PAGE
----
Clichy is just another example of Wenger’s managerial brilliance. The 22-year old was acquired on a free transfer from AS Monaco back in 2003, the same summer as the arrival of Cesc Fabregas, and has more than filled the shoes of his predecessor who had overstayed his welcome. Cole moved on and got his cash, and Arsenal got an equally unhappy William Gallas and money in return.
Gallas is all smiles now as he has thrived in his role as team captain. He stated after the game that he felt that he did not put in his best performance, and I would agree. He was not as rock solid as you would hope your senior centre-back would be. Yet, lately he has been Wenger’s “fox-in-the-box”. His minor shortcomings in protecting his keeper from undue pressure can be forgiven when you consider the game-changing goals he has provided in the last month.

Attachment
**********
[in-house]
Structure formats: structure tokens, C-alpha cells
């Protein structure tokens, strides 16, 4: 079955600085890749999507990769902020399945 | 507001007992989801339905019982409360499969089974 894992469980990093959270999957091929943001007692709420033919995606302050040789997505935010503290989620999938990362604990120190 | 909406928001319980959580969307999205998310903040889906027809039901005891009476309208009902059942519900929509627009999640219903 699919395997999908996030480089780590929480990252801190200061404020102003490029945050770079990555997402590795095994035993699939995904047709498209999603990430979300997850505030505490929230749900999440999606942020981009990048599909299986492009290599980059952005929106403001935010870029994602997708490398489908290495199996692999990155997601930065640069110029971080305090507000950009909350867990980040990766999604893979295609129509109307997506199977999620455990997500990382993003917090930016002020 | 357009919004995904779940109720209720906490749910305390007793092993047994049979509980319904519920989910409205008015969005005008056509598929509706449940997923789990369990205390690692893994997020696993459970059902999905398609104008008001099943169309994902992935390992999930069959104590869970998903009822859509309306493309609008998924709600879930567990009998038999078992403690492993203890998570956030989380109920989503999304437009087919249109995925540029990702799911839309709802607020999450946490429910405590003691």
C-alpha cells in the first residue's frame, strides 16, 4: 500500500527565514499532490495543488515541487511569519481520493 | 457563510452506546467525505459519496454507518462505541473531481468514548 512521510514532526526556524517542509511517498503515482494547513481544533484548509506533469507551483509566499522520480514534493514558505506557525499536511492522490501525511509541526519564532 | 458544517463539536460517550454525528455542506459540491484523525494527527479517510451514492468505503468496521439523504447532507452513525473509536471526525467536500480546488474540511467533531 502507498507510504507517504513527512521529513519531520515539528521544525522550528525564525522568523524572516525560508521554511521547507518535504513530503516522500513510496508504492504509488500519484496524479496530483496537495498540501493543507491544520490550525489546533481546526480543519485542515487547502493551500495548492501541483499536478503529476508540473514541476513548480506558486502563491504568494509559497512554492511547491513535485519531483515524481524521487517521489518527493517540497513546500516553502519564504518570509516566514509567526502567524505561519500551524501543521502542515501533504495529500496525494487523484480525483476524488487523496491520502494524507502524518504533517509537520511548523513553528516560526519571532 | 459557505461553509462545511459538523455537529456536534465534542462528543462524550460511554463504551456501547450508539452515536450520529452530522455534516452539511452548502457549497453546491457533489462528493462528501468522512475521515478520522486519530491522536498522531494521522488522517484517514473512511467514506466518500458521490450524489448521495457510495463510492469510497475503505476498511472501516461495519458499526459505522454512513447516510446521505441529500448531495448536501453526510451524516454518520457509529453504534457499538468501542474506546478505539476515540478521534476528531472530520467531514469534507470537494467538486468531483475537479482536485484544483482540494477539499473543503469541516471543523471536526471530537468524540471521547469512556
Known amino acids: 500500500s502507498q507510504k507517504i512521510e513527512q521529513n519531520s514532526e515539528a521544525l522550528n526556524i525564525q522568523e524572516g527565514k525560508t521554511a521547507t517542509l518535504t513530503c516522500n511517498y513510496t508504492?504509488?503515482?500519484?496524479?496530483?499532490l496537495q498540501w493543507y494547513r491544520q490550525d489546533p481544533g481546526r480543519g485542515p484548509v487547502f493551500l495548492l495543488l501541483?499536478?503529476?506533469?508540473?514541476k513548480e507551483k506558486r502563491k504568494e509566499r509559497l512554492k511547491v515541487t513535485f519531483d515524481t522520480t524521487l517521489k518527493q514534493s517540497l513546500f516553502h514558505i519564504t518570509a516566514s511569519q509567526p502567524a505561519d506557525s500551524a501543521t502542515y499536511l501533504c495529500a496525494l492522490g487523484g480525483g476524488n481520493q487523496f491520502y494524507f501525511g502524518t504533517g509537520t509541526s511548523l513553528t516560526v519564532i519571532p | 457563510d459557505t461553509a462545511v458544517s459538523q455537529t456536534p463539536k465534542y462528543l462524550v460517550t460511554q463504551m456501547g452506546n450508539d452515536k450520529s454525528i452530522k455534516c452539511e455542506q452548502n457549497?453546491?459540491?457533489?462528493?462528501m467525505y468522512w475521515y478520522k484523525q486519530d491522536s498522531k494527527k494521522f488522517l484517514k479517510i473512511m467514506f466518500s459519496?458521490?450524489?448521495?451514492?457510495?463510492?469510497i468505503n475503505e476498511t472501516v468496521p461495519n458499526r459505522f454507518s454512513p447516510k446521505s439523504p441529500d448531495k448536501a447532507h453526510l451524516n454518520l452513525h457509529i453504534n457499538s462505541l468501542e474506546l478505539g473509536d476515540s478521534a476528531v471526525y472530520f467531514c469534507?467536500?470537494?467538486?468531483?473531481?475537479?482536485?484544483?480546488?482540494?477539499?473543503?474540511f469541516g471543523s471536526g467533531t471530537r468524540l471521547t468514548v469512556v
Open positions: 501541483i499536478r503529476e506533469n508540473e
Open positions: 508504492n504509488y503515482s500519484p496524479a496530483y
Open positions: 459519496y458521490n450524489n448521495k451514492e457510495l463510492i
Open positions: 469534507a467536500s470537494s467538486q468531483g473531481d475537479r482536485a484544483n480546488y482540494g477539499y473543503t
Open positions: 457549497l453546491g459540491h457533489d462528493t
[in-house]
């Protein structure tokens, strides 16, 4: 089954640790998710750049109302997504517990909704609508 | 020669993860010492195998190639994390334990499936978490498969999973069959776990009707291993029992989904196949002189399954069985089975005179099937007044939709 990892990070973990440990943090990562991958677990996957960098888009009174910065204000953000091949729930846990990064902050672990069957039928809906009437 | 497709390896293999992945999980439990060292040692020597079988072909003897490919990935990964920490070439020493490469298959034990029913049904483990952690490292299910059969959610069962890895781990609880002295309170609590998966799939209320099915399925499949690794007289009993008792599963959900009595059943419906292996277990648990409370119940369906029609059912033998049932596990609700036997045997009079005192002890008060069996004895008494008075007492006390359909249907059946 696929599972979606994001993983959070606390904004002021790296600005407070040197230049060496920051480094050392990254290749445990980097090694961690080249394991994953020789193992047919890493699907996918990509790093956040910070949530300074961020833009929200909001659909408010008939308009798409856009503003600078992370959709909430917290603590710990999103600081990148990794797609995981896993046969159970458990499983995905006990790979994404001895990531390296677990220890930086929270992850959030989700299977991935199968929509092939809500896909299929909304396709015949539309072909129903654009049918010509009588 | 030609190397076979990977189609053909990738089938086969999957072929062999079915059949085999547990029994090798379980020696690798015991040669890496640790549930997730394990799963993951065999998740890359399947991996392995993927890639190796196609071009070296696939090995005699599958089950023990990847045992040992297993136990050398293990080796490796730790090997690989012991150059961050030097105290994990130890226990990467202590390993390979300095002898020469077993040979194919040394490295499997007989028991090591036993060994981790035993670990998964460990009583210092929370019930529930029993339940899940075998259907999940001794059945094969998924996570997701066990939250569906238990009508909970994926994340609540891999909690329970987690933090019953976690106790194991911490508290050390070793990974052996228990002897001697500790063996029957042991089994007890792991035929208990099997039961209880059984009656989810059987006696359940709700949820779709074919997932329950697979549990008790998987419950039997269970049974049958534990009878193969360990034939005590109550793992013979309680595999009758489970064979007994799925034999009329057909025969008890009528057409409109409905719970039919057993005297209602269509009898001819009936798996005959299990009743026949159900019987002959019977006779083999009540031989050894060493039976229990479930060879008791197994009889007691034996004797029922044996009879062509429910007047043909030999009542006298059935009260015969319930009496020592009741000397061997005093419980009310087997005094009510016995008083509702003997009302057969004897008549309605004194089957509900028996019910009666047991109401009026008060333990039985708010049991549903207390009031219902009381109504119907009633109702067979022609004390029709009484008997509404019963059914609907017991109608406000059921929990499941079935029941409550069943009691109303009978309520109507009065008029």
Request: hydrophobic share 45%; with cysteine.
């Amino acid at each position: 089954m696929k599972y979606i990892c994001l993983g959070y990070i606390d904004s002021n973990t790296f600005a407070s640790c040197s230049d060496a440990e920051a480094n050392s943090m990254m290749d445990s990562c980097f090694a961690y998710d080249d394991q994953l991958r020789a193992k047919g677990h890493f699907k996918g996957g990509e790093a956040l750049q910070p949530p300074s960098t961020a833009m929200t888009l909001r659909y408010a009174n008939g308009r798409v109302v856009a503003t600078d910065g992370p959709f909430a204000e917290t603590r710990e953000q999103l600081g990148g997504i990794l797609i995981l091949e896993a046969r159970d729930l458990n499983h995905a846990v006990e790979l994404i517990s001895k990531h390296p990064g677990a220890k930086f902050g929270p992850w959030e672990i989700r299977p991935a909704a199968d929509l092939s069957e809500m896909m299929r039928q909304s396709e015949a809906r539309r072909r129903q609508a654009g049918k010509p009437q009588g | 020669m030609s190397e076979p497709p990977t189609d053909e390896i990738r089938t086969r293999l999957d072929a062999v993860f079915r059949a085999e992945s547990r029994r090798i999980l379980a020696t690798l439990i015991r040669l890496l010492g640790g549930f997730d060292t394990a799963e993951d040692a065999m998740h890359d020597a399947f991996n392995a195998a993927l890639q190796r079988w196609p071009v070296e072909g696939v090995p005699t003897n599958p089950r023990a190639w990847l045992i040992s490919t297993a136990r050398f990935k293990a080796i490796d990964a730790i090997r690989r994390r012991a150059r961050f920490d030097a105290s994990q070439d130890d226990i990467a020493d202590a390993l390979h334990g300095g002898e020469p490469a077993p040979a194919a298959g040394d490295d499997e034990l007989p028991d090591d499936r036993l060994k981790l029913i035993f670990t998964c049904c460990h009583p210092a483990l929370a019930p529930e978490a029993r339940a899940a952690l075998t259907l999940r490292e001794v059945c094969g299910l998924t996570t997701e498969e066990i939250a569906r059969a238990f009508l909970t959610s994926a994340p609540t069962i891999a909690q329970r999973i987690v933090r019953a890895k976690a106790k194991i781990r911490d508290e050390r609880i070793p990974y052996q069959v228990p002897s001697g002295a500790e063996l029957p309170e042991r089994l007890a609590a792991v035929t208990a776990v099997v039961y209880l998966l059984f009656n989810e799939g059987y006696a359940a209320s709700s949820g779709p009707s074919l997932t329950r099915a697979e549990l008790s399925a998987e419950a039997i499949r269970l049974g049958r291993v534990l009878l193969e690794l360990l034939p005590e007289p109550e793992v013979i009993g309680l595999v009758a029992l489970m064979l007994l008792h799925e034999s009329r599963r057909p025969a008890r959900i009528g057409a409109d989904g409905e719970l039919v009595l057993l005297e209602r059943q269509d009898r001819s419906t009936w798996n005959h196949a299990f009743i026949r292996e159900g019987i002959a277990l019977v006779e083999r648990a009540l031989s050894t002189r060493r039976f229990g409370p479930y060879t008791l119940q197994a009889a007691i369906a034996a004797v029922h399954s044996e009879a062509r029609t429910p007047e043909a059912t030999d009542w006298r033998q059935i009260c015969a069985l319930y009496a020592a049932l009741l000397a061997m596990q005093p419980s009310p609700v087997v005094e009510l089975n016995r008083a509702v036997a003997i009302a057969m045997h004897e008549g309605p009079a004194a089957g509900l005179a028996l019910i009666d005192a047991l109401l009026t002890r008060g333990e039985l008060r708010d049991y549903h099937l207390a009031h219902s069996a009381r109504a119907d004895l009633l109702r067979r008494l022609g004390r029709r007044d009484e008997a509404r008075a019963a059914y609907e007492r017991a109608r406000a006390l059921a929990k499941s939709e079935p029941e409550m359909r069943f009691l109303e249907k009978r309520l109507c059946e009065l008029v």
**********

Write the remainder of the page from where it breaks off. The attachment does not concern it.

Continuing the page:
I was also in attendance when Wigan came to town with a 0-0 draw in mind. They did everything they could frustrate Arsenal’s attack, packing their half with all 11 men and time-wasting from the first blast of the referee’s whistle. And they were successful for nearly the whole match, as Arsenal’s front six could not piece together anything that resembled football. The deadlock was only broken when Bacary Sagna finally put in a decent cross and found a greatly advanced Gallas in the box, who blasted it past Chris Kirkland who had been brilliant all afternoon.